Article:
On May 9, heavy fighting broke out in Mount Lebanon between pro-government Progressive Socialist Party militiamen and opposition forces - mainly LDP, SSNP and Tawhid Party. The clashes started in Aytat, near Kayfoun and soon expanded to cover many spots in Mount Lebanon including Baysur, Shuweifat and Aley. Most of the fighting was concentrated on Hill 888. It started when four Druze members of the Aley municipal police were kidnapped and one killed by Hezbollah.[46] Soon after the news of the kidnapping of the policemen was received, the Mayor of Aley assembled a group of PSP fighters and went up to Hill 888. As they reached the hill they were attacked by Hezbollah gunmen who wounded many of the PSP and municipality members. This developed into an armed clash.[47] During the initial fighting three Hezbollah fighters were captured and executed by the PSP in retaliation for the killings of the Druze policemen. Artillery and mortars were used for the first time during these battles. A ceasefire agreement was supposed to take place at 18:00 of the same day, but fighters from both sides continued to exchange fire. Negotiations were ongoing for the PSP militiamen to surrender their positions to the Lebanese Army.[48] The battles at Aley stopped for several hours, but the two sides clashed again in Mount Barook to the southeast shortly before midnight. Barook separates the Druze heartland of Shouf from the mainly Shi’ite southern end of the Bekaa Valley. That night Hezbollah’s fighters deployed from southern Beirut to the Qmatiyeh area, taking up position in the woods and dense undergrowth surrounding the village to protect its residents from pro-government Druze incursions. There was initially an attack by Druze who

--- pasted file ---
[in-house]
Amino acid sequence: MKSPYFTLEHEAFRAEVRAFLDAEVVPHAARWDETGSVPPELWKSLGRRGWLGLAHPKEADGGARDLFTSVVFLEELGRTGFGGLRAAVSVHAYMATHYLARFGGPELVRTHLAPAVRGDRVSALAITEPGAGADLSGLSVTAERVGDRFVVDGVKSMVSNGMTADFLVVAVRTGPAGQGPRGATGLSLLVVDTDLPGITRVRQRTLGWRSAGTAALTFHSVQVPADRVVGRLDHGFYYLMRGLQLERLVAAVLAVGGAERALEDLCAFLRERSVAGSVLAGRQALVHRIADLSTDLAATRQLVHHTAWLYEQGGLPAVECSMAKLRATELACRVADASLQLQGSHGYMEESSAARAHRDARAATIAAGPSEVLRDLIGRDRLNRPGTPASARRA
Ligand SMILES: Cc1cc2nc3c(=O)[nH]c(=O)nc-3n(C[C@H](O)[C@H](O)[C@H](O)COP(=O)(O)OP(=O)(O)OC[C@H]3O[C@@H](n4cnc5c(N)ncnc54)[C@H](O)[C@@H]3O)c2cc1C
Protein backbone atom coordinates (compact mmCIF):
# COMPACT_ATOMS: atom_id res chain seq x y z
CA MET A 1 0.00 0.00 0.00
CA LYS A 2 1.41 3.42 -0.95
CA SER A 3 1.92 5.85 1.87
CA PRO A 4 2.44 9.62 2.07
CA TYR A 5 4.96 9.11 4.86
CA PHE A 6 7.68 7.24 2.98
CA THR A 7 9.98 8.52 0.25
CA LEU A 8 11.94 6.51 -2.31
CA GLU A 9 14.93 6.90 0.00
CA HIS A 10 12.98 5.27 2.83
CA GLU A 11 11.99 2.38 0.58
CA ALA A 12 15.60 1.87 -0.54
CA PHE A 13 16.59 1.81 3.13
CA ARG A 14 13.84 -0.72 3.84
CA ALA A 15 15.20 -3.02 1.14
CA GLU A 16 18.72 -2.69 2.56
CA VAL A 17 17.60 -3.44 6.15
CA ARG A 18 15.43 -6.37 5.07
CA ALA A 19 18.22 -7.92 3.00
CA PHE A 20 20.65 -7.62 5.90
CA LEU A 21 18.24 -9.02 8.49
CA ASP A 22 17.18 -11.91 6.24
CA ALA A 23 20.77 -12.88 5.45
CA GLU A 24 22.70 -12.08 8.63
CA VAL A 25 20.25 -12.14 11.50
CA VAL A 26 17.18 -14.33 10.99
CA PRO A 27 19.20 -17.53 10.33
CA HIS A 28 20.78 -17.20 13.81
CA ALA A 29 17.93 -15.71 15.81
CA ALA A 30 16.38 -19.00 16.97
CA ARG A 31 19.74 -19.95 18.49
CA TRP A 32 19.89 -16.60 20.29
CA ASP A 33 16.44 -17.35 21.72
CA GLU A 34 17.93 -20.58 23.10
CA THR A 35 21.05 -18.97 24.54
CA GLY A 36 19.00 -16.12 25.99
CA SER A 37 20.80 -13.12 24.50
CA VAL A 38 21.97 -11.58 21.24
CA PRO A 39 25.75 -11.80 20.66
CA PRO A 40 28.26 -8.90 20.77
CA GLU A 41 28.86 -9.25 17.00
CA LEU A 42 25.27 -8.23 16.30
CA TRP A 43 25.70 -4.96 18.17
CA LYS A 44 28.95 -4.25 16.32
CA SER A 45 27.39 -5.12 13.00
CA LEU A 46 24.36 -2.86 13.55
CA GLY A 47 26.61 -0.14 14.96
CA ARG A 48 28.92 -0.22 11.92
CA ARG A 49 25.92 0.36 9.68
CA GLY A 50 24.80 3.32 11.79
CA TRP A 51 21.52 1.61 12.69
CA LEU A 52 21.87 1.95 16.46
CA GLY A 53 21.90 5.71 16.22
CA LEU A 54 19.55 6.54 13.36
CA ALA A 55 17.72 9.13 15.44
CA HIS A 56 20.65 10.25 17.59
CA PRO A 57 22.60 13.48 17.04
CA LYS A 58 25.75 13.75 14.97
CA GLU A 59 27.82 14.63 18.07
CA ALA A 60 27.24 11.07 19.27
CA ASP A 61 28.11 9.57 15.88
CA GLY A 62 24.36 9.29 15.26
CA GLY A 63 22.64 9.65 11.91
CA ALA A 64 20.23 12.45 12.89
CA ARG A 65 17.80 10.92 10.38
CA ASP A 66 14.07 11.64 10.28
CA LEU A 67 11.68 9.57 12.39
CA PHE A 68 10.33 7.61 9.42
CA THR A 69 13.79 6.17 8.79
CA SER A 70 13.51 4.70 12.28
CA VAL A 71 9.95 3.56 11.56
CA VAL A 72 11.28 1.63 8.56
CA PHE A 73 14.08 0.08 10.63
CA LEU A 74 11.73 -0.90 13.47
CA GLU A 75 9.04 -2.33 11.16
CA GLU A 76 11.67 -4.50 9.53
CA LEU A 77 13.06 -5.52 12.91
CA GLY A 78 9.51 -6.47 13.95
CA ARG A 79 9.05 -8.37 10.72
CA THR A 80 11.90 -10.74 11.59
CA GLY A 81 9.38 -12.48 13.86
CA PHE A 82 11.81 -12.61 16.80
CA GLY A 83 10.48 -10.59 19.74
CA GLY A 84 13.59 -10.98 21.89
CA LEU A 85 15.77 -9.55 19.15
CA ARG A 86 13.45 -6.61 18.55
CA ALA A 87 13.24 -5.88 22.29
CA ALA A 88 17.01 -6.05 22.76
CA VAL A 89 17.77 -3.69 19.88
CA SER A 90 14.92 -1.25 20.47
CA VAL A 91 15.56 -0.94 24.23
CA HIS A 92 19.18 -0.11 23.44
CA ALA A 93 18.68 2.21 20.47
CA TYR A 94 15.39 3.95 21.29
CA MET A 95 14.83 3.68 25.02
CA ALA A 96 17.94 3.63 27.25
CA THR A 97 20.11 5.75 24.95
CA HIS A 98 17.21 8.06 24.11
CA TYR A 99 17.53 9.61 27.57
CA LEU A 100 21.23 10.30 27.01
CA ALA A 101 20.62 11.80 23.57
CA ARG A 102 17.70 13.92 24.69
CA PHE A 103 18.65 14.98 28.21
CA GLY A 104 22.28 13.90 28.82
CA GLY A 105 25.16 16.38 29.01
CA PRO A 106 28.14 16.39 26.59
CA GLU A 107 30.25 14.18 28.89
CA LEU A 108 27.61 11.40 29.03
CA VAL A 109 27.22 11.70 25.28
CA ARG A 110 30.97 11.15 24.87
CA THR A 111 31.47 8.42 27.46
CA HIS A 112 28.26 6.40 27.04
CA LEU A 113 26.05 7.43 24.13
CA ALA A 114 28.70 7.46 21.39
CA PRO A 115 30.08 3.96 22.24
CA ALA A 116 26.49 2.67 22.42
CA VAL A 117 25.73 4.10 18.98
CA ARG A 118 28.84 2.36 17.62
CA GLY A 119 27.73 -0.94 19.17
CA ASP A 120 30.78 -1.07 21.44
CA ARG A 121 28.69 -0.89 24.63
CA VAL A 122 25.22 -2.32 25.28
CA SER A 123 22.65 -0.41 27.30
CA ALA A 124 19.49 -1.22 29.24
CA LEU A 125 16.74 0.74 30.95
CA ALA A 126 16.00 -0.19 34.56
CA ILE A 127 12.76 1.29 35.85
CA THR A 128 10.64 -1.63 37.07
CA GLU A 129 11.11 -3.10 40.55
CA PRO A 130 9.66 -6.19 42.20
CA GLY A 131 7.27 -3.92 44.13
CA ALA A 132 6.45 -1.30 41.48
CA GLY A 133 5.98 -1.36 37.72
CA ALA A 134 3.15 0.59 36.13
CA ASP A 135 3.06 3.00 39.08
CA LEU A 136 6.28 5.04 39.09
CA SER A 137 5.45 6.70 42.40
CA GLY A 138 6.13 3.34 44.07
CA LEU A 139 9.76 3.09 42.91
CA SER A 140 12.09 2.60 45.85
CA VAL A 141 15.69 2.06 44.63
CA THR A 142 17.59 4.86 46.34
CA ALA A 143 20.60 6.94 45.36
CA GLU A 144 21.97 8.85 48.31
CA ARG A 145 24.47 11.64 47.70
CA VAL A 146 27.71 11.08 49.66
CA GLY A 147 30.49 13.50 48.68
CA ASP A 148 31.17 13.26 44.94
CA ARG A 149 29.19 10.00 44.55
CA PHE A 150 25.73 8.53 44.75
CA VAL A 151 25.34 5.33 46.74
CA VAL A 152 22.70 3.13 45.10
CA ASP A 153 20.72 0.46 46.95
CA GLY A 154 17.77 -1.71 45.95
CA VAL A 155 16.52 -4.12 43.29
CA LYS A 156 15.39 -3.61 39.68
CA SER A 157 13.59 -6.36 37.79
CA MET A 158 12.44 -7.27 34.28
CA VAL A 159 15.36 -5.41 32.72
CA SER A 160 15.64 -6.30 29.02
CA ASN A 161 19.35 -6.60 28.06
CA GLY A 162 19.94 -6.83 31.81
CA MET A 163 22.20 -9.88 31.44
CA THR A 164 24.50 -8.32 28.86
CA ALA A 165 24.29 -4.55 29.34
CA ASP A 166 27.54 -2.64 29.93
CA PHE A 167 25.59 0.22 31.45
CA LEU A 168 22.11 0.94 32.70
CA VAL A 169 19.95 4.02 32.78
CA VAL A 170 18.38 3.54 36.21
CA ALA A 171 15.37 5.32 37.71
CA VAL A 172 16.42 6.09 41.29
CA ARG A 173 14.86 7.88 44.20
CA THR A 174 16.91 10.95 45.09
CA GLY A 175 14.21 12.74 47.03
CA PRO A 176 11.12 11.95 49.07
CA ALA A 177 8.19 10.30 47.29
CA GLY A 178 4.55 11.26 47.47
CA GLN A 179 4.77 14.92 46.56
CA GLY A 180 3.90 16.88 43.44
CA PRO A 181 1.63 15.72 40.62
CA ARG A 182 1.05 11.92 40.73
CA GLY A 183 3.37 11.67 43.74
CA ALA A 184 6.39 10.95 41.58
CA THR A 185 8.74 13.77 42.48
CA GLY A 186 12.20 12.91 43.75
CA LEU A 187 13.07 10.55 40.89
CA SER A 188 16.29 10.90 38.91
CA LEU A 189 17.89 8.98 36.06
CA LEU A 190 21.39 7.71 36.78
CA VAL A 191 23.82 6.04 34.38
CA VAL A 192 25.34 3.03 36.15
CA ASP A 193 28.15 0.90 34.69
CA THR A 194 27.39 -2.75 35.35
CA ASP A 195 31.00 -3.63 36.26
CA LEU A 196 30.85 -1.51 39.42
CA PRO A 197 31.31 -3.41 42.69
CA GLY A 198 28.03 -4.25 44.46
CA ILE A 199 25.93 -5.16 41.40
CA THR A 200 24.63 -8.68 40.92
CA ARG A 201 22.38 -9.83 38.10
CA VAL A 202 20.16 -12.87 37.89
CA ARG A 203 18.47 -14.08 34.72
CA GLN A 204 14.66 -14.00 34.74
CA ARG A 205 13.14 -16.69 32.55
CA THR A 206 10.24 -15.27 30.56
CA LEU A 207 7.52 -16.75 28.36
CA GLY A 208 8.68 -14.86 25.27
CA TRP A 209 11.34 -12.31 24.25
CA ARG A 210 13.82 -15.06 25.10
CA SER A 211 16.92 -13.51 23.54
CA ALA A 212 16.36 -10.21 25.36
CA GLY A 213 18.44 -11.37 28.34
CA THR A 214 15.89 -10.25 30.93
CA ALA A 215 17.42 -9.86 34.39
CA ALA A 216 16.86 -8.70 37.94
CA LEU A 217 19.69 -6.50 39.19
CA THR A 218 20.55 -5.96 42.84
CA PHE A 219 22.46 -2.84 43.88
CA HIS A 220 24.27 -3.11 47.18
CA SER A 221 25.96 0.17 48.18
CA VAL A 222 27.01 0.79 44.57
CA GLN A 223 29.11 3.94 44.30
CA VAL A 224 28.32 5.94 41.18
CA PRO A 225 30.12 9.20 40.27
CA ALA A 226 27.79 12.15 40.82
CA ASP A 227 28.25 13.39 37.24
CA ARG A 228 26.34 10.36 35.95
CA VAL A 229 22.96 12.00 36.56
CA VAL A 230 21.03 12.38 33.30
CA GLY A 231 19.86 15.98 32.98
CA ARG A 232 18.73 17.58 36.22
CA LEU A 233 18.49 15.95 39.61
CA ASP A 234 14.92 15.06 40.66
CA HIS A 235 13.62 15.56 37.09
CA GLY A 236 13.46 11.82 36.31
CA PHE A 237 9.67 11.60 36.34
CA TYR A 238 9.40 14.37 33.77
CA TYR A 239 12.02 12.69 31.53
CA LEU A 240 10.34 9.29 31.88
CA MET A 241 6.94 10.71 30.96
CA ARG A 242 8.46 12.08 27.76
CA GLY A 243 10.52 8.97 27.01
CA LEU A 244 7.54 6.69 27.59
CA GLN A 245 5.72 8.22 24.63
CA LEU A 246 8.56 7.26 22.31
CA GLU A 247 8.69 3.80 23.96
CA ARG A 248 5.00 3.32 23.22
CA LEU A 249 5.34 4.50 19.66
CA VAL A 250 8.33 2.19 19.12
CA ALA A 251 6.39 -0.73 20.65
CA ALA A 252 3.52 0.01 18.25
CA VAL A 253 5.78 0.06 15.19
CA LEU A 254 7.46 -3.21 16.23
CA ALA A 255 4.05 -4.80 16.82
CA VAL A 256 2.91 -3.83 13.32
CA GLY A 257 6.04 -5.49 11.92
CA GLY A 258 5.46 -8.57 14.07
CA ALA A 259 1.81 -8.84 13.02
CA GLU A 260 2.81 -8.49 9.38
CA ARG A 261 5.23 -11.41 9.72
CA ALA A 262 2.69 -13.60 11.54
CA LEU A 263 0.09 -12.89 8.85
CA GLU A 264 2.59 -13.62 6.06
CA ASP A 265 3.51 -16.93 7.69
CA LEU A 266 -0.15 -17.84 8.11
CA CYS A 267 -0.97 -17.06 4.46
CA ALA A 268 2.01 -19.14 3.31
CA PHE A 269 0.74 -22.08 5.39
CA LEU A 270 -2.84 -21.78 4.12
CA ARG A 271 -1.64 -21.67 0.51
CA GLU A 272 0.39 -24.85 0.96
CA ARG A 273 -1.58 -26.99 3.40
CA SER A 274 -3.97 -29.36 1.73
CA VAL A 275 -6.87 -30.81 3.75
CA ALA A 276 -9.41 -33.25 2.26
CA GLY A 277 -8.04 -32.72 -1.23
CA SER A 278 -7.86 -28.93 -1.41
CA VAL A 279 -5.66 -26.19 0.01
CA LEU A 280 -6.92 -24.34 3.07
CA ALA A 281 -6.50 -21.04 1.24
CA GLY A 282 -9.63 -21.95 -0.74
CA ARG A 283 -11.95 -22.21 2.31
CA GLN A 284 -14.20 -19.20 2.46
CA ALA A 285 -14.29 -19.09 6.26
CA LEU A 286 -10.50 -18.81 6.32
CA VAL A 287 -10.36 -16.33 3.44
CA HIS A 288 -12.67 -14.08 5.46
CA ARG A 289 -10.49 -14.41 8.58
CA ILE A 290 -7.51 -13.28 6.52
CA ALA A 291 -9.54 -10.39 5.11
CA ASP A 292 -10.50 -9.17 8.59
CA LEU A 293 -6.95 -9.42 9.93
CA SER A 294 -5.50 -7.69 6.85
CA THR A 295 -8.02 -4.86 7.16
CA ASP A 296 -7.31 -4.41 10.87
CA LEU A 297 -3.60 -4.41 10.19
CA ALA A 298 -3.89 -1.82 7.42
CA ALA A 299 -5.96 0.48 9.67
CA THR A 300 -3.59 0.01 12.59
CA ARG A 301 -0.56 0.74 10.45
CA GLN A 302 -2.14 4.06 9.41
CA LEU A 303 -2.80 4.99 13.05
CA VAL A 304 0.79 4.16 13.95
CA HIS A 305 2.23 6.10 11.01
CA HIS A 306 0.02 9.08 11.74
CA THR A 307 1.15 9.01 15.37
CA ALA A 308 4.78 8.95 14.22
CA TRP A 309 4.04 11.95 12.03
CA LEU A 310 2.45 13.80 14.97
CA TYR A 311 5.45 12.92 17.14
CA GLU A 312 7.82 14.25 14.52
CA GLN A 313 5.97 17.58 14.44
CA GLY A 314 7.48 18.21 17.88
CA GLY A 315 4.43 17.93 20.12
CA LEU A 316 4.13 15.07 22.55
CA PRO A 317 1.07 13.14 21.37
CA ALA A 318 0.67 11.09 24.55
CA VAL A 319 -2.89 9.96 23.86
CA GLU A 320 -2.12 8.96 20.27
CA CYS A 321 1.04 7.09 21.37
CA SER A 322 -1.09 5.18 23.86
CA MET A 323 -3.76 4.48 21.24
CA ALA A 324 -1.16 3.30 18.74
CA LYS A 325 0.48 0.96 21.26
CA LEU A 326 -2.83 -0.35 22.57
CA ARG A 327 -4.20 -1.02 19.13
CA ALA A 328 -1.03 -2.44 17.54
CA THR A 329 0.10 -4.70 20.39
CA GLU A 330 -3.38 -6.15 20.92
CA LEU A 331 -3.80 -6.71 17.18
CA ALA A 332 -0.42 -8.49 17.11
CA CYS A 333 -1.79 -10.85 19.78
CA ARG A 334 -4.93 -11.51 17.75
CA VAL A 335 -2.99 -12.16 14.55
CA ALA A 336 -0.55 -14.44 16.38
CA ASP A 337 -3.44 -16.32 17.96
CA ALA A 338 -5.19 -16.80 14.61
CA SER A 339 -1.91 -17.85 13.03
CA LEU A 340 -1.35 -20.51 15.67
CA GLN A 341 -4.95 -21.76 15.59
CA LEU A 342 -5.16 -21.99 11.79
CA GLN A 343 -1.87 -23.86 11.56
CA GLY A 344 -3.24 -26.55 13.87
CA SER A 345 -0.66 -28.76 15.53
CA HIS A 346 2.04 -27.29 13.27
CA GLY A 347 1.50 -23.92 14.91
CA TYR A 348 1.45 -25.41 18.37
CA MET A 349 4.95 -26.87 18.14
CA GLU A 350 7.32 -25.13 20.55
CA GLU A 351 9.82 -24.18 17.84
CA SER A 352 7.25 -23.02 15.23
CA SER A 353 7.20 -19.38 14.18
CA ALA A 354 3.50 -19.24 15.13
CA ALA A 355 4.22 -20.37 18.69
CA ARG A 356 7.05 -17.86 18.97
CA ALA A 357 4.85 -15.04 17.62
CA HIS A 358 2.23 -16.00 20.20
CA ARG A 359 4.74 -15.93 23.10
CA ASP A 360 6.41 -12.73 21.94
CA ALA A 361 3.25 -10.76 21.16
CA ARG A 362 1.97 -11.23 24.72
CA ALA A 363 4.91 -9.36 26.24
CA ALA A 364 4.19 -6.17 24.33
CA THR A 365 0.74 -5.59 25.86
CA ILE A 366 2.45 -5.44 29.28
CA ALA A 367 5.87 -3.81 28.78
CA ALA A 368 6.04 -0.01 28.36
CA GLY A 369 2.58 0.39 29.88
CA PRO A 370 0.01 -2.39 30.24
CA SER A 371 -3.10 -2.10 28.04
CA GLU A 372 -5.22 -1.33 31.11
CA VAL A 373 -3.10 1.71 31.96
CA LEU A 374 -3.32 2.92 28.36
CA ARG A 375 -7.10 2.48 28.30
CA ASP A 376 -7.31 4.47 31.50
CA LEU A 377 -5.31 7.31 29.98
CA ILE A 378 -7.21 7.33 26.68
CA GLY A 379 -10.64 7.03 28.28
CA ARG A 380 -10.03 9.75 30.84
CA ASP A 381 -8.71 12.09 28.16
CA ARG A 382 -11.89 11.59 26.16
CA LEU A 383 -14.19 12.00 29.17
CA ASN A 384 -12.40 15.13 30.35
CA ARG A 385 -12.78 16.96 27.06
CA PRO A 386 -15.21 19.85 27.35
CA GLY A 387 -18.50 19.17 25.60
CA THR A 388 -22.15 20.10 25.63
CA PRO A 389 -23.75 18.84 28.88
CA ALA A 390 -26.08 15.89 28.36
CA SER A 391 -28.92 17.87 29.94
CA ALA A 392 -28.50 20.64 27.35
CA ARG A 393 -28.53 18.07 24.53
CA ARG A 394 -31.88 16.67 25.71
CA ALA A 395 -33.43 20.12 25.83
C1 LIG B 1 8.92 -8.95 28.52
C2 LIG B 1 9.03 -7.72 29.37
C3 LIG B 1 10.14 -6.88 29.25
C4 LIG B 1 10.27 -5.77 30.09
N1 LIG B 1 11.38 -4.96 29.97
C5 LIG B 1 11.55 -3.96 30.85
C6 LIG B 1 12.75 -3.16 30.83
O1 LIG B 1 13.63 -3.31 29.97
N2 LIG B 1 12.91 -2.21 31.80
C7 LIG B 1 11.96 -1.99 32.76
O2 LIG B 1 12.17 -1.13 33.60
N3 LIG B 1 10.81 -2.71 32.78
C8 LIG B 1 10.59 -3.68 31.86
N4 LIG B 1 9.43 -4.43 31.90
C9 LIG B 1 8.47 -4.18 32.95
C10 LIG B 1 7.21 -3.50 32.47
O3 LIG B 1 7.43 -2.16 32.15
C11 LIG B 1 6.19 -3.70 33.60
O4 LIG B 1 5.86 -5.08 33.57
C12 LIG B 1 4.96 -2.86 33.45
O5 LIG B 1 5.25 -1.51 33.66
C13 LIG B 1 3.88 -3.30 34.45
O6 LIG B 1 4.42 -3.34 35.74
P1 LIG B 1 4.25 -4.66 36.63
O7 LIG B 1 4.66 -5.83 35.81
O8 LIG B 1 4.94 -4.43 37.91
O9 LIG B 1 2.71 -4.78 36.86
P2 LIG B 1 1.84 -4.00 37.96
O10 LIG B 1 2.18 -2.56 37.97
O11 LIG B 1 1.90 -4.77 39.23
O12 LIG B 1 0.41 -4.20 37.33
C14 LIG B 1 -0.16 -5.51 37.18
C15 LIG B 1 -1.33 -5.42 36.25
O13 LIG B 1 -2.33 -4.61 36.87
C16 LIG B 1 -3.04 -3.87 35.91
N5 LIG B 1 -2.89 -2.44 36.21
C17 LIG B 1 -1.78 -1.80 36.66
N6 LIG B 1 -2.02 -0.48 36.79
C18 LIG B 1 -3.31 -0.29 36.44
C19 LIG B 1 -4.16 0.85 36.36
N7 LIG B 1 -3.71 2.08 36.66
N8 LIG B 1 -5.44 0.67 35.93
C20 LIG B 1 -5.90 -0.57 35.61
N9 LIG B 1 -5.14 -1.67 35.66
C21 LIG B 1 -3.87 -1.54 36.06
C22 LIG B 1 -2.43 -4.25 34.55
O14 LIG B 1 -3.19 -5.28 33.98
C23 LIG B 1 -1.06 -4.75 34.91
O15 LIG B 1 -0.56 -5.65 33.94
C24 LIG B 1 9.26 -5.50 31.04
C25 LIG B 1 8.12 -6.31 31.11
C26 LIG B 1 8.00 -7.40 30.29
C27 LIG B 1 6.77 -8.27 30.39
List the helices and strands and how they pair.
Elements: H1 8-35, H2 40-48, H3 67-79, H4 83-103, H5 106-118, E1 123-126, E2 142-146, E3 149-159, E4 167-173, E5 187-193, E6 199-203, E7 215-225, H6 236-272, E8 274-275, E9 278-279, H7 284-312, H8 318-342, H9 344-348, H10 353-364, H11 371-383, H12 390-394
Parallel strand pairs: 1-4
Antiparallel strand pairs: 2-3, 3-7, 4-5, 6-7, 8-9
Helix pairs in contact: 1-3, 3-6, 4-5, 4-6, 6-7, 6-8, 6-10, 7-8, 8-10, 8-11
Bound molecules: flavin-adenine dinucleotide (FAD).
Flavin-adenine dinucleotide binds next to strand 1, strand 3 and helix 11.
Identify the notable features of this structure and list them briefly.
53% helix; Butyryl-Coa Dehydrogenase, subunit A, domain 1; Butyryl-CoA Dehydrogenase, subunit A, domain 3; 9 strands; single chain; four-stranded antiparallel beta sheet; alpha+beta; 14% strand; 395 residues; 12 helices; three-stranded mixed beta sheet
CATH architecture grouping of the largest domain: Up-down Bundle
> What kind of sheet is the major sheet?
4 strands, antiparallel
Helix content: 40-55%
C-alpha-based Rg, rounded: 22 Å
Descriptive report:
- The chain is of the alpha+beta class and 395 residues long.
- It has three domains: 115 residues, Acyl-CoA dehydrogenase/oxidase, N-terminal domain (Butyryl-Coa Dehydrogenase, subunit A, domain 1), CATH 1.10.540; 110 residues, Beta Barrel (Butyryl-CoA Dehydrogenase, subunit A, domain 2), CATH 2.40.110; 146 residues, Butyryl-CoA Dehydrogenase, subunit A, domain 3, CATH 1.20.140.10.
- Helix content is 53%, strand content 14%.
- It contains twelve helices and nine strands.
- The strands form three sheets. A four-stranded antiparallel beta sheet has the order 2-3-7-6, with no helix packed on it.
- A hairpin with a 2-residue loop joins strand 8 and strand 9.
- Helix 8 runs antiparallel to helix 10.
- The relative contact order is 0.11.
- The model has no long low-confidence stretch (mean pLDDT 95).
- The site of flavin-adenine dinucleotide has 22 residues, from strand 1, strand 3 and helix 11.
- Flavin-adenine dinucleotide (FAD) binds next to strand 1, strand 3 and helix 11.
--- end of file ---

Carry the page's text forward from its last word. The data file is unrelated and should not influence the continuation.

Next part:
Flags of the Syrian Social Nationalist Party in Beirut during the unrest on May 9. Hezbollah members and shot and stabbed two of them to death.[39] One other person was killed in fighting in Sidon and two soldiers died in fighting east of Beirut.[40] At least 40 people have been killed, four days after Beirut street battles have ignited.[41] On the other hand, Lebanese Prime Minister Fouad Siniora said the decision on the communications issue would be dealt with by the army.[42] The Lebanese army said it had frozen measures taken by the government against the Hezbollah movement, and called for all armed militants to withdraw from the streets.[43] Then Hezbollah’s TV station, AlManar, announced that Hezbollah-led opposition forces would withdraw all their gunmen from Beirut in compliance with the Lebanese army’s request, but a civil disobedience campaign will continue until the group’s demands are met.[42] During the night between May 10 and May 11, heavy fighting broke out between Hezbollah sympathizers and supporters of the government in Tripoli. One woman was killed.[44] On May 11, Beirut was quiet, after control of areas seized by the opposition was handed